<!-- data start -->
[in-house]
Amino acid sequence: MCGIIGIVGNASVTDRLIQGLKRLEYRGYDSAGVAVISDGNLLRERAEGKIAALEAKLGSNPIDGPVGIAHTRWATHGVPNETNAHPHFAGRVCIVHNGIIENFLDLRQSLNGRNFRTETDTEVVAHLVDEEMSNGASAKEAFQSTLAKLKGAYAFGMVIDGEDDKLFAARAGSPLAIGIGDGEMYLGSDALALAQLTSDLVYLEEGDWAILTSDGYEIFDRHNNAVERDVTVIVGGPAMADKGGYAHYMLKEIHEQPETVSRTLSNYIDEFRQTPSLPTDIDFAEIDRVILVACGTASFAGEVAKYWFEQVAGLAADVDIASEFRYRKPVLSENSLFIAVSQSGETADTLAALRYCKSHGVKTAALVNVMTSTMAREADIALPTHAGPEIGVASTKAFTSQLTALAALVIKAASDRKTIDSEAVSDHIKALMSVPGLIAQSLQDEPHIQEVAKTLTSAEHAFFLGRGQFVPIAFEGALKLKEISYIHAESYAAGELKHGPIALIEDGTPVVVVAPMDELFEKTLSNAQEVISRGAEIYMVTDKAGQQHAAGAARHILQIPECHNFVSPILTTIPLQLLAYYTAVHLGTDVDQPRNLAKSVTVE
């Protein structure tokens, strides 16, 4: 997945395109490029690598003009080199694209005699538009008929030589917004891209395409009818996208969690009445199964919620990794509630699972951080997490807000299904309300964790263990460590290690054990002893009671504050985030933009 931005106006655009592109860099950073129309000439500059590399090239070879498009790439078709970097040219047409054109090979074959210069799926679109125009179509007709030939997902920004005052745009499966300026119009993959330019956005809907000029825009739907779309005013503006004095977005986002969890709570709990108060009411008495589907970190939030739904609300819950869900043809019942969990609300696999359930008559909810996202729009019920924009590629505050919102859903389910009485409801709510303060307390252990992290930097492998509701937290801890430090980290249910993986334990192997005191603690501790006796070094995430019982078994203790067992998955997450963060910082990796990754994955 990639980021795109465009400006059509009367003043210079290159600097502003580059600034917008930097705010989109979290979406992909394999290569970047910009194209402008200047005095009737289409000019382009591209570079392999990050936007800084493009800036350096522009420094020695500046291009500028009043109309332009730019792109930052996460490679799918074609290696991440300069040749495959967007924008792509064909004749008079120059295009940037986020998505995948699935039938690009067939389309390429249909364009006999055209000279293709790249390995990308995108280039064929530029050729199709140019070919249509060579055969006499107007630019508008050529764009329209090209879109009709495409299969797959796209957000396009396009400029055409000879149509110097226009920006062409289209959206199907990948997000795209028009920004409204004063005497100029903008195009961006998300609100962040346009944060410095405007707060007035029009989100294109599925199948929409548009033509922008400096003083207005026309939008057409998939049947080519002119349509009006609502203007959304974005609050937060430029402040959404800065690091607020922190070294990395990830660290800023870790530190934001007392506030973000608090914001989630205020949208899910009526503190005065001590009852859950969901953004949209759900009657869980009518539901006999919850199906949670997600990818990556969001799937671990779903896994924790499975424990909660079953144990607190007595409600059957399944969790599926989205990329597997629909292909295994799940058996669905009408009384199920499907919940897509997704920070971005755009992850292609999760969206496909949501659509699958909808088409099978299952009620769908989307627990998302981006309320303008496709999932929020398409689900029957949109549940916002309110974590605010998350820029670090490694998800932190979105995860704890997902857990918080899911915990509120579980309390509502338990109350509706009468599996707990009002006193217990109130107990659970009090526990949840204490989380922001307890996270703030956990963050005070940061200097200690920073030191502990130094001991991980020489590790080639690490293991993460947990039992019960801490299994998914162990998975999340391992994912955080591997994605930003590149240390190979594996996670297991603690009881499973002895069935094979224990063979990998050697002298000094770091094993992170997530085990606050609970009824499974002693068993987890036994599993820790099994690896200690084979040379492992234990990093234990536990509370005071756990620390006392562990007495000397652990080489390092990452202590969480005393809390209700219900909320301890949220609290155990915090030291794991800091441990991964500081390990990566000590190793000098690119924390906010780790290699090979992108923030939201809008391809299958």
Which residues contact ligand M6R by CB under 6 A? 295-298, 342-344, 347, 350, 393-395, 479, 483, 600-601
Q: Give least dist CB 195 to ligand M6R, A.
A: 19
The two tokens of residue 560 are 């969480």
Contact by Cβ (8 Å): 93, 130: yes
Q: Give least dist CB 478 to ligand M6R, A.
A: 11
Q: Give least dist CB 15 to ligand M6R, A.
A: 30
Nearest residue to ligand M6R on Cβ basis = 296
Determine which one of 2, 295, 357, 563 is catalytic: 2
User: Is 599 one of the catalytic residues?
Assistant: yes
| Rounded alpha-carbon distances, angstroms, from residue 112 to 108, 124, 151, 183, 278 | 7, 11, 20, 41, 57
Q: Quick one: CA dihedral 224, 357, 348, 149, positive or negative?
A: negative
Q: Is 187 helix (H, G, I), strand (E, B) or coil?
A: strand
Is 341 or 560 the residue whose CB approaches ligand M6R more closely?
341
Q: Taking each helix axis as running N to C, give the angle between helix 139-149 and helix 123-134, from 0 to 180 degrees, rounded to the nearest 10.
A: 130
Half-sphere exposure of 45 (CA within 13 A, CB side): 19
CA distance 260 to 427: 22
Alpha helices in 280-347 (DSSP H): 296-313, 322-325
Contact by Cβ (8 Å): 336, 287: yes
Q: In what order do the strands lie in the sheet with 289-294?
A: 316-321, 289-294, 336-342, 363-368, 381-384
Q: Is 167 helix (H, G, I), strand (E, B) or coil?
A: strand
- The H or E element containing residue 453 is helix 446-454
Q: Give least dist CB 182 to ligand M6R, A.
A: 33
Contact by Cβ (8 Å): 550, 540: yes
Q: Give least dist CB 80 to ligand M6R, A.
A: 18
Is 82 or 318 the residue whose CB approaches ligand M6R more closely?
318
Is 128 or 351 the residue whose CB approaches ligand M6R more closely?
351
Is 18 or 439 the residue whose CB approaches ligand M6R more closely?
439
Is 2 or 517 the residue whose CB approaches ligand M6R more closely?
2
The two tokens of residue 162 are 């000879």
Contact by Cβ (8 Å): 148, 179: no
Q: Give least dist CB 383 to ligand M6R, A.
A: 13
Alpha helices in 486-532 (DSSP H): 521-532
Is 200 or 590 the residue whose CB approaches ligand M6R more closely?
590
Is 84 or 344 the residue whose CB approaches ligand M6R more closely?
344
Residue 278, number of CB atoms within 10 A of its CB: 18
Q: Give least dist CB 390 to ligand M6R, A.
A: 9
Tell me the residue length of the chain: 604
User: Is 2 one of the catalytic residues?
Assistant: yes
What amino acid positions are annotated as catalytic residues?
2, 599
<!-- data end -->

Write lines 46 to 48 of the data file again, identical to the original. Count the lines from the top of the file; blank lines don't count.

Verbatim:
Is 2 or 517 the residue whose CB approaches ligand M6R more closely?
2
The two tokens of residue 162 are 């000879």